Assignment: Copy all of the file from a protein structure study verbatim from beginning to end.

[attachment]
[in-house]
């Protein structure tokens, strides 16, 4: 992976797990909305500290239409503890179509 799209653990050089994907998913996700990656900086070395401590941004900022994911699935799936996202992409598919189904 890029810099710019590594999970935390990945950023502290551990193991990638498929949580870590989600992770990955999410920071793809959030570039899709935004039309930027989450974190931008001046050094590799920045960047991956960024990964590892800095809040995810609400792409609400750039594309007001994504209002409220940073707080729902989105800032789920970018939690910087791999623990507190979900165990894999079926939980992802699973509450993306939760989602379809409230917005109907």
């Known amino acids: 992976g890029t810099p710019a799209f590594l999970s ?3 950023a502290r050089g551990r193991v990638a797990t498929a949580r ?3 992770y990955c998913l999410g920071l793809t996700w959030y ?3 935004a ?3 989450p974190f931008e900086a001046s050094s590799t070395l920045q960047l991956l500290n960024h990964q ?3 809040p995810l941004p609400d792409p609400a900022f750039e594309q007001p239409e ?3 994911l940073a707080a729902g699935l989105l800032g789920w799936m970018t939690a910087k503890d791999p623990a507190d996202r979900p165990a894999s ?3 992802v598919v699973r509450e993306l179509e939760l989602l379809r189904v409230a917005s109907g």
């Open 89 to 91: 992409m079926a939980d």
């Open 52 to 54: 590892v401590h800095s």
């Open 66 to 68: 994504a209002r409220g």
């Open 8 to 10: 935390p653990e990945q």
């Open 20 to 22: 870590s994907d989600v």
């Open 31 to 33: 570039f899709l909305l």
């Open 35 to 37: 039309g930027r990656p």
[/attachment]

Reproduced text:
[in-house]
């Protein structure tokens, strides 16, 4: 992976797990909305500290239409503890179509 799209653990050089994907998913996700990656900086070395401590941004900022994911699935799936996202992409598919189904 890029810099710019590594999970935390990945950023502290551990193991990638498929949580870590989600992770990955999410920071793809959030570039899709935004039309930027989450974190931008001046050094590799920045960047991956960024990964590892800095809040995810609400792409609400750039594309007001994504209002409220940073707080729902989105800032789920970018939690910087791999623990507190979900165990894999079926939980992802699973509450993306939760989602379809409230917005109907």
């Known amino acids: 992976g890029t810099p710019a799209f590594l999970s ?3 950023a502290r050089g551990r193991v990638a797990t498929a949580r ?3 992770y990955c998913l999410g920071l793809t996700w959030y ?3 935004a ?3 989450p974190f931008e900086a001046s050094s590799t070395l920045q960047l991956l500290n960024h990964q ?3 809040p995810l941004p609400d792409p609400a900022f750039e594309q007001p239409e ?3 994911l940073a707080a729902g699935l989105l800032g789920w799936m970018t939690a910087k503890d791999p623990a507190d996202r979900p165990a894999s ?3 992802v598919v699973r509450e993306l179509e939760l989602l379809r189904v409230a917005s109907g």
């Open 89 to 91: 992409m079926a939980d």
């Open 52 to 54: 590892v401590h800095s």
């Open 66 to 68: 994504a209002r409220g």
């Open 8 to 10: 935390p653990e990945q």
């Open 20 to 22: 870590s994907d989600v």
């Open 31 to 33: 570039f899709l909305l």
């Open 35 to 37: 039309g930027r990656p």